Operation Torch, the Allied invasion of French North Africa, was launched in November under the command of the unknown U.S. Lieutenant General Dwight D. Eisenhower. The Allies tried to ensure French co-operation, and in the event resistance was patchy in quality and quantity. Fortuitously, Admiral Darlan, Marshal Petain's deputy, was visiting his sick son in Algiers, and was persuaded to order a ceasefire. The Germans swiftly sent troops to Tunisia, and the Allied advance bogged down with the rains of early winter.
Although the Vichy government repudiated Darlan's ceasefire, Hitler was furious and invaded the Unoccupied Zone of France. A German force had orders to seize the French fleet at Toulon, but the French activated a well-prepared plan and the fleet was scuttled by its crews in the nick of time. Here damaged and sunk cruisers and destroyers can be seen (above) through the smoke of burning heavy cruisers.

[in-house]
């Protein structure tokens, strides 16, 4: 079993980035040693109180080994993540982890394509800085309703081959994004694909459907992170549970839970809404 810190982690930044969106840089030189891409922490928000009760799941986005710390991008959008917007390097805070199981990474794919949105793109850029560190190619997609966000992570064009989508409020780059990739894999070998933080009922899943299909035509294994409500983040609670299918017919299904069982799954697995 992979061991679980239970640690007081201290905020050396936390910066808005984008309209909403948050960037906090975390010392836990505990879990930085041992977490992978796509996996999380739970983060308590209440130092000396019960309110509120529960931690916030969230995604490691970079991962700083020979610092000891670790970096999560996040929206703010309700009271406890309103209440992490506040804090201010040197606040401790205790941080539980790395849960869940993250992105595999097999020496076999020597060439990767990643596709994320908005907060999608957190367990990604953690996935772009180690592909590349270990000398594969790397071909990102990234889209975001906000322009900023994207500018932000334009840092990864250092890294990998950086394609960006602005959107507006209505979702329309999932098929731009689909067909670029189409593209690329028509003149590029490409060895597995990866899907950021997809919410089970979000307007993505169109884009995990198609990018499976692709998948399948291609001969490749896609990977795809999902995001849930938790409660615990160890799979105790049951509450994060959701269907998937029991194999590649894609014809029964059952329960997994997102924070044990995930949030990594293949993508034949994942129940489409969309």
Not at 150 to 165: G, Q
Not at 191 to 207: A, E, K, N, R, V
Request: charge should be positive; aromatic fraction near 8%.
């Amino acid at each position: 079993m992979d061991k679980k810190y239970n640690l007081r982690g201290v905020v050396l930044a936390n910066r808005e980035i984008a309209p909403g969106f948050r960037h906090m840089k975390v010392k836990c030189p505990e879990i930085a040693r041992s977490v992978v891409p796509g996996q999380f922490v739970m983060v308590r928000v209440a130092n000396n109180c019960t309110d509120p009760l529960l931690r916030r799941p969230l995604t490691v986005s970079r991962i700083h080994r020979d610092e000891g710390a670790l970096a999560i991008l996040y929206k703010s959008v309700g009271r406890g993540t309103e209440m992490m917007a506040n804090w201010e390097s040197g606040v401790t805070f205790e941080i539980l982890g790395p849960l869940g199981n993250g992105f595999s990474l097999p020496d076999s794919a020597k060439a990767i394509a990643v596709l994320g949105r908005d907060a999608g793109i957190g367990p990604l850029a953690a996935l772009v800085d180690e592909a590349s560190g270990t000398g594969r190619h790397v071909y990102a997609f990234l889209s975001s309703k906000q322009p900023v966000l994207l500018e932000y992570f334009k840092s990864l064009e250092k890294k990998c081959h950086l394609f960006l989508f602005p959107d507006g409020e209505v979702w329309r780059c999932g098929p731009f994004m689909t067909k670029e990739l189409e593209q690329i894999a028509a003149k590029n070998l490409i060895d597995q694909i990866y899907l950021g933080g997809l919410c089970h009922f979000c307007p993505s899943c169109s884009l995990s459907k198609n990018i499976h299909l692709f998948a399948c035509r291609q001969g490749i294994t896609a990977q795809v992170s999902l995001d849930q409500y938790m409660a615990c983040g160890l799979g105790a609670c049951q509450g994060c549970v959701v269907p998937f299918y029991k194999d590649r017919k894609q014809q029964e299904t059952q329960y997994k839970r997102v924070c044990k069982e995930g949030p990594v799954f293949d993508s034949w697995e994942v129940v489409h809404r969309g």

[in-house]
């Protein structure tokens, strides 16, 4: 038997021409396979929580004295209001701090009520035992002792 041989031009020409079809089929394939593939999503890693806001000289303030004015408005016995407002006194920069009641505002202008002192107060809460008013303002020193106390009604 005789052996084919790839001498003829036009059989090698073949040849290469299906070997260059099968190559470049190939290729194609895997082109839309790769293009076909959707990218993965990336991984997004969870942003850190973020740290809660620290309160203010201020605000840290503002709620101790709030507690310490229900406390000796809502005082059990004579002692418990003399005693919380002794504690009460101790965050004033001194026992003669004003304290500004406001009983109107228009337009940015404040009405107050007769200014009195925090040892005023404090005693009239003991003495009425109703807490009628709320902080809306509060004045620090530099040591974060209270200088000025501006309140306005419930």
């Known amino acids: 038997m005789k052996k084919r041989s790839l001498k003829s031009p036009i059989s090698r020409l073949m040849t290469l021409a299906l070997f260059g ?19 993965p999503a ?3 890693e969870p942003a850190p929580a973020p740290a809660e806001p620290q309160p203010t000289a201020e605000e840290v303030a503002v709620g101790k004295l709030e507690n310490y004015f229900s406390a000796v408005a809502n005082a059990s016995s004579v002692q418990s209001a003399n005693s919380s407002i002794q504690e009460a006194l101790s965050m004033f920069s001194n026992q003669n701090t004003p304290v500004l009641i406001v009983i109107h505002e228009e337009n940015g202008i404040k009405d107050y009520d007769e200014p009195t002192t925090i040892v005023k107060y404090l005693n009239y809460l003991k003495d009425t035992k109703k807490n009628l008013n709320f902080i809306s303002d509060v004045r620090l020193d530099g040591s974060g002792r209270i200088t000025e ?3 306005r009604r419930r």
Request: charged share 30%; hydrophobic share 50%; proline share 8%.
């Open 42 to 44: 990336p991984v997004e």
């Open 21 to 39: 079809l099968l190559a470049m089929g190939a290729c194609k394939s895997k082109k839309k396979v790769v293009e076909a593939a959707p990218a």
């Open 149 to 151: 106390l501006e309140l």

American troops, part of the Central Task Force, on their way ashore by landing craft at Oran. It was thought that the French would be less likely to engage the Americans than the British, still mistrusted because of the attack on Mers-el-Kebir and the fighting in the Levant.
With Allied convoys at sea, sailors could be told their destination. Here Rear Admiral Sir Harold Burrough explains forthcoming operations to officers and men aboard his flagship.